Hussain Sajwani, Damac Properties’ founder and executive chairman, stands to make a personal windfall of at least US$500 million from the luxury property developer’s London share offer this week. That would propel Mr Sajwani into the ranks of the region’s richest billionaires.
Damac’s executive chairman to join region’s richest from share sale
Hussain Sajwani, Damac Properties’ founder and executive chairman, stands to make a personal windfall of hundreds of millions of dollars from the luxury property developer’s London share offer this week.
The planned US$500 million offering would propel Mr Sajwani into the ranks of the region’s richest billionaires. The long-awaited debut of Damac shares, in the form of global depositary receipts (GDRs), will take place on Wednesday following a global roadshow by investment bank advisers.
GDRs are a form of quasi-equity occasionally used by emerging market companies in listings on western exchanges.
A Damac GDR is equal to three shares in a holding company controlled by Mr Sajwani’s private companies. The pricing of the offering will be decided on Tuesday, and it is believed that some 18.8 per cent of Damac’s value will be made tradeable in the form of GDRs, raising at least $500m of new money based on the indicative price range.
The prospectus for the offering – the largest by a UAE company since DP World in 2007 – makes it clear that Mr Sajwani will be the main beneficiary of the fund-raising exercise.
“The offer will provide Mr Sajwani with a partial realisation of his investment in the company … No proceeds will be received by the company pursuant to the offer,” said the prospectus, which The National has seen.
The total value of Damac is estimated at $2.7 billion to $3.7bn, according to an investment adviser involved in the offering.
As Mr Sajwani owns or controls the balance of the shares not subject to the GDR offering, that would benchmark his wealth from Damac and other interests at a conservative $3.5bn, propelling him into the top 10 of the richest private businessmen in the Arab world, as defined by Forbes magazine. The adviser said: “Damac is throwing off huge amounts of cash and doesn’t need cash for investment. It will also be paying out a large dividend.”
Sanyalaksna Manibhandu, a senior analyst at National Bank of Abu Dhabi, said: “Offerings have more than one purpose. One is to allow the founders to exit in part and there is nothing unusual in this. But as an investor, you might want to see some of the money going into future plans.”
The roadshows have marketed the offering in three continents, with most interest coming from the United States, according to the adviser.
European and Asian investors have also shown an appetite for the GDRs, followed by those in the Middle East. “The Americans understand the fundamentals. There has been some interest in the UAE,” the adviser said. There is no special arrangement for retail investors in the offer. US institutions are thought to have been impressed by the strength of the Dubai property market’s recovery from the crash of 2009, and by Damac’s position as one of the best-known brands in the Middle East’s property sector.
Analysts say that Dubai property prices are still some 45 per cent off their 2008 peaks, but with rental yields at about 6 per cent they offer better revenue potential than markets such as Singapore or Hong Kong.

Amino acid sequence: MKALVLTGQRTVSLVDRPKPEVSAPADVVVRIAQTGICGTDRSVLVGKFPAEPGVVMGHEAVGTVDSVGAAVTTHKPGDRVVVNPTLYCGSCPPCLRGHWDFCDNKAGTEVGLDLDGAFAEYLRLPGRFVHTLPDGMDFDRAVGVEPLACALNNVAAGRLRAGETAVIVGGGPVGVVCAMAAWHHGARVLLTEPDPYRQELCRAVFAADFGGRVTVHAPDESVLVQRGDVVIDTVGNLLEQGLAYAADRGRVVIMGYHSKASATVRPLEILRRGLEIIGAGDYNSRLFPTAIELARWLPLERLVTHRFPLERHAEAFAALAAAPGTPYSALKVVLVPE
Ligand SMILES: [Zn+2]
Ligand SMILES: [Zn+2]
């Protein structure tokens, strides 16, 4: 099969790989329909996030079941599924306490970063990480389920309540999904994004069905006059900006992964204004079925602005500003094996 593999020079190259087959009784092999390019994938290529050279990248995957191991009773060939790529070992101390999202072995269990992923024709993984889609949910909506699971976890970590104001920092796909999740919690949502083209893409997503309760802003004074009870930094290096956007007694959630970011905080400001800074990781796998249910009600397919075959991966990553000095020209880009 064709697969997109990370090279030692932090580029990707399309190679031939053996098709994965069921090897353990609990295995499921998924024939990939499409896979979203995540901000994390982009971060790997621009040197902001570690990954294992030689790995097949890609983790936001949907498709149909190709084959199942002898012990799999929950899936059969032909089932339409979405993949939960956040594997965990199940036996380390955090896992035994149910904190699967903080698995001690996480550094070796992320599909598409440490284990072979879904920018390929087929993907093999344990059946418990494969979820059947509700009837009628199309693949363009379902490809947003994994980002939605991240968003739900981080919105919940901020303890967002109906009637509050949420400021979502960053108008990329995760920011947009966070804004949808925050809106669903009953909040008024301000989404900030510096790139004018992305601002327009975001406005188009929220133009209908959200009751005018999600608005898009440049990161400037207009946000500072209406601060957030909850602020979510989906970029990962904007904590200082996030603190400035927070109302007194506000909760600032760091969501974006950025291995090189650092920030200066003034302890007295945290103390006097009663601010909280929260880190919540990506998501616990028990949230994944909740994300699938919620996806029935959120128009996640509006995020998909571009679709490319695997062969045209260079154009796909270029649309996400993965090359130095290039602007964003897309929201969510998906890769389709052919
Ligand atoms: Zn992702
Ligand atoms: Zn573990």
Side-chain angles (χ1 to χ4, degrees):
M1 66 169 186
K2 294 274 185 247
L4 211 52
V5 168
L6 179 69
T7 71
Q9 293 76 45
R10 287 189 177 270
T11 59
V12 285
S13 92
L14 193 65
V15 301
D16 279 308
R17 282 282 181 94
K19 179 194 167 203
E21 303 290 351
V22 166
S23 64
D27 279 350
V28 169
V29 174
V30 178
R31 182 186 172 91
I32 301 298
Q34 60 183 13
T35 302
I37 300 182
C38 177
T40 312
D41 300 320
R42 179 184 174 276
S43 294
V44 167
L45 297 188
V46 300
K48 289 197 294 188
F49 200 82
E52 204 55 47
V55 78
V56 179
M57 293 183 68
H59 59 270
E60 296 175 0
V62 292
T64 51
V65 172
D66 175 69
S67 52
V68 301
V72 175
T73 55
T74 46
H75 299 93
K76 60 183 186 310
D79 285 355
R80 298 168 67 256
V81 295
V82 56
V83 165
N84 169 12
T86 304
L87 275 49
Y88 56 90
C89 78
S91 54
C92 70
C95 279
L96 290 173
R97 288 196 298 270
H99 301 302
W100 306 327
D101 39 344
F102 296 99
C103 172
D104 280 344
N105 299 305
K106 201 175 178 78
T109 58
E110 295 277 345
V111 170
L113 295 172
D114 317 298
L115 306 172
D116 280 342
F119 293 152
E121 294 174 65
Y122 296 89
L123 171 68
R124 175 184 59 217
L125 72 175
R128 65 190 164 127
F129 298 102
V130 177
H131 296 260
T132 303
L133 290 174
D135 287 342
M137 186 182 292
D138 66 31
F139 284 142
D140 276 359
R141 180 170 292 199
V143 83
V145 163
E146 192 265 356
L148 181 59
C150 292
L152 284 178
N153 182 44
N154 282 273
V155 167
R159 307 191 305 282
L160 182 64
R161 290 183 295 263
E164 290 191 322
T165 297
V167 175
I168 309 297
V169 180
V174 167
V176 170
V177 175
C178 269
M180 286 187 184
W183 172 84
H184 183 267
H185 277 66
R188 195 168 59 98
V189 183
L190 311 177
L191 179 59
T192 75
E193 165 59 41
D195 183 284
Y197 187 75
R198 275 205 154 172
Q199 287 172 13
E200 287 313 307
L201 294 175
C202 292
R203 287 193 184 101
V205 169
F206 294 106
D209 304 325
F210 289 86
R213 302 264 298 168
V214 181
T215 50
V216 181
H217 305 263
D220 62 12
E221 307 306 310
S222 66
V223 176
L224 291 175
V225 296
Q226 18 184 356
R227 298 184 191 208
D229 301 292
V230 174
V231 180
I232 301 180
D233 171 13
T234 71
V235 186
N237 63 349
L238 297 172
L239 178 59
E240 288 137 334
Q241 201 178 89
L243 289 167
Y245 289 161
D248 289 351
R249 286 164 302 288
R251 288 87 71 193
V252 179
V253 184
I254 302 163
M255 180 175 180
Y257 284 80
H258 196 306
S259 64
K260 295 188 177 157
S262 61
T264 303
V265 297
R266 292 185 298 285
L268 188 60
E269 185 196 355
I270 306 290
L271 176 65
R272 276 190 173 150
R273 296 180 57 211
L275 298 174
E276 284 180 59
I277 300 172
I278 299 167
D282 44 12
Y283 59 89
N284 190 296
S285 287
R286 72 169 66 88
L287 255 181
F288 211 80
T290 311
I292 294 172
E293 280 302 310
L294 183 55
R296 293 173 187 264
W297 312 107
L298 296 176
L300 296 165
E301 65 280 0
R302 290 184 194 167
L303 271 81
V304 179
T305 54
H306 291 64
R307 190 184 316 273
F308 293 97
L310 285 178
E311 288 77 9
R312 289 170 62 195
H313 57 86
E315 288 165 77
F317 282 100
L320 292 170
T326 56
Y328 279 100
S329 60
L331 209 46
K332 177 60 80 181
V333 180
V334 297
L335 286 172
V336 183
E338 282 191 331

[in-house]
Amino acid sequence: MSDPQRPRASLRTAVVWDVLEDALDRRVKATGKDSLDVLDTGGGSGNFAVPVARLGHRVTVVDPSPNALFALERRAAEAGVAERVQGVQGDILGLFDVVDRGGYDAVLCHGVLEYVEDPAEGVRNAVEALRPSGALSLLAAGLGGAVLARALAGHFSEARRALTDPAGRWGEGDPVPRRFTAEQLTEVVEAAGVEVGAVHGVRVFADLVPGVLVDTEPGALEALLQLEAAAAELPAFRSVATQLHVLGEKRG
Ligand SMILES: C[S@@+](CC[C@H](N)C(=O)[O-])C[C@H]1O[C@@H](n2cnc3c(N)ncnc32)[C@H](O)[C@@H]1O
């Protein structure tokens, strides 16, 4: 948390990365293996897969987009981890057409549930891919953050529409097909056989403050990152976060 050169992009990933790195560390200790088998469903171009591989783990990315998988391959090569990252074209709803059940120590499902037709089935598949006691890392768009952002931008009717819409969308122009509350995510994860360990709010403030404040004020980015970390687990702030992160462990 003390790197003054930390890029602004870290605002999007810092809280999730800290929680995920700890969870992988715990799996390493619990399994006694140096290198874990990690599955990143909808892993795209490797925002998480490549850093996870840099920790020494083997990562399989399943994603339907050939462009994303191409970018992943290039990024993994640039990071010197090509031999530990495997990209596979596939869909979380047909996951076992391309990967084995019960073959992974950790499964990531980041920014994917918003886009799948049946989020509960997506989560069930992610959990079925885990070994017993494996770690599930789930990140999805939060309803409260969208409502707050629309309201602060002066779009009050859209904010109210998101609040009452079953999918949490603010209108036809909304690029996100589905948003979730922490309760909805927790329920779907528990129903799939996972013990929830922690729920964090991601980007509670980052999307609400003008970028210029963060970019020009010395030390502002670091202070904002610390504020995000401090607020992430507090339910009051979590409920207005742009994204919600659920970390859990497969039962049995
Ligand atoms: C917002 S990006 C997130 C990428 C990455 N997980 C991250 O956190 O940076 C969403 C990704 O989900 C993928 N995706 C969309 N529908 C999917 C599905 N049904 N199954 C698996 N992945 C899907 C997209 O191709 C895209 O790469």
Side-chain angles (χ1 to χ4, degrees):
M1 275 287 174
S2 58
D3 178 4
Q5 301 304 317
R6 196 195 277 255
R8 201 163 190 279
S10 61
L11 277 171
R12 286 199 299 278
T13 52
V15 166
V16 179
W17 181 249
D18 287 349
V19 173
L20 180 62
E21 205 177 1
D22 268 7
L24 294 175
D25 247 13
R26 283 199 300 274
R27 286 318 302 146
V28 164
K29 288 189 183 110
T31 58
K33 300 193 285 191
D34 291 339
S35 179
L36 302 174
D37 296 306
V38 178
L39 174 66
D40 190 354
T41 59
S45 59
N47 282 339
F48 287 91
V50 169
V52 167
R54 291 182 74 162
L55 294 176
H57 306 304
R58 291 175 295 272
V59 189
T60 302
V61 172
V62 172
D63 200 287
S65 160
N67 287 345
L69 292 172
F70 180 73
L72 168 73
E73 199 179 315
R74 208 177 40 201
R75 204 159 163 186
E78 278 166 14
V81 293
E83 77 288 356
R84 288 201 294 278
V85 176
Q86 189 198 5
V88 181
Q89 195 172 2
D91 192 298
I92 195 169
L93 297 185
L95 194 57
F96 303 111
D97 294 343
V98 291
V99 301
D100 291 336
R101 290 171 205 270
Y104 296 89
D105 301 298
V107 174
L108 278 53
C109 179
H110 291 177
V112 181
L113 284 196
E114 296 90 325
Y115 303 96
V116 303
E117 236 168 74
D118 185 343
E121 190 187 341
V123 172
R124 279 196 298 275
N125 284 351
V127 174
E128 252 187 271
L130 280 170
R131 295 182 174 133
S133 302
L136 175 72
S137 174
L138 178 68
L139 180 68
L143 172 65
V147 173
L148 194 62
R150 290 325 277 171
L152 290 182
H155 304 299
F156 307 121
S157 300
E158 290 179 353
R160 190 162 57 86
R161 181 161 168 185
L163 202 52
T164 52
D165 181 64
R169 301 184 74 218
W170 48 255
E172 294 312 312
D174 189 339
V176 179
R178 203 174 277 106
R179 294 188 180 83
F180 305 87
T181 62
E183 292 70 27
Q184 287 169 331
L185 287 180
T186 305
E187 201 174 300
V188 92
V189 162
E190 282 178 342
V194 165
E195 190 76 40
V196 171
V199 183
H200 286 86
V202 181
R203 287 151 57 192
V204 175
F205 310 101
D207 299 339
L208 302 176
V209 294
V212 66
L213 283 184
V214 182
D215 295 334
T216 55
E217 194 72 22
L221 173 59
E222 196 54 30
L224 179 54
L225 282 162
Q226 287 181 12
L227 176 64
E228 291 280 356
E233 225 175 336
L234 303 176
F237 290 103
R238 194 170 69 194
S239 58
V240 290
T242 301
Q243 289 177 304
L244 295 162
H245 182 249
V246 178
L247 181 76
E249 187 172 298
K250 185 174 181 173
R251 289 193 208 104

An analyst said: “The Americans are convinced of Dubai’s benefits as a safe haven in what they regard as a troubled region.”
The detailed trading figures in Damac’s prospectus show the extent of its recovery from the crisis, when projects were mothballed and some disgruntled customers resorted to legal action. Provisions made against profits during the downturn have been reversed, according to the prospectus.
After a loss of $96m in 2010, Damac revenues and profits have recovered sharply. In the six months to the end of June, profits leapt to $332m on revenue of $632m, a margin of 64 per cent. Damac intends to pay out between 30 and 50 per cent of profits in dividends next year, according to the prospectus.
New projects this year have included Hollywood-themed apartments and a Trump International golf course.
The document identifies several potential risk factors in the offering, including its reliance on “key personnel”, especially Mr Sajwani, a business model that makes it dependent on off-plan or pre-construction sales to fund future development, and volatility in the global and regional property markets.
The timing of the offer could be fortuitous, coinciding with decision day on Dubai’s bid for Expo 2020, which could give the GDRs a boost in early trading. The adviser said it had also been timed to set a price level before US investors take time off for their Thanksgiving holidays.
There has been a debate among advisers as to the pricing of the offer, after one analyst put a total value of more than $5bn on the business.
Other advisers wanted a lower market valuation to ensure a healthy aftermarket to the offering. There is a provision to release extra shares – up to 15 per cent of the offering value – if there is sufficient demand for the GDRs.
One analyst said that at the bottom of the flotation range, Damac is valued at only four times current earnings, compared with a price-earnings ratio of 15 times for Emaar, its nearest comparison in the regional property market.
Mr Sajwani first made his name in business as a caterer to military forces during the first Iraq war in 1991, before investing in mid-range hotels and apartments in Dubai in the following decade. Damac was launched as an upmarket developer in 2002.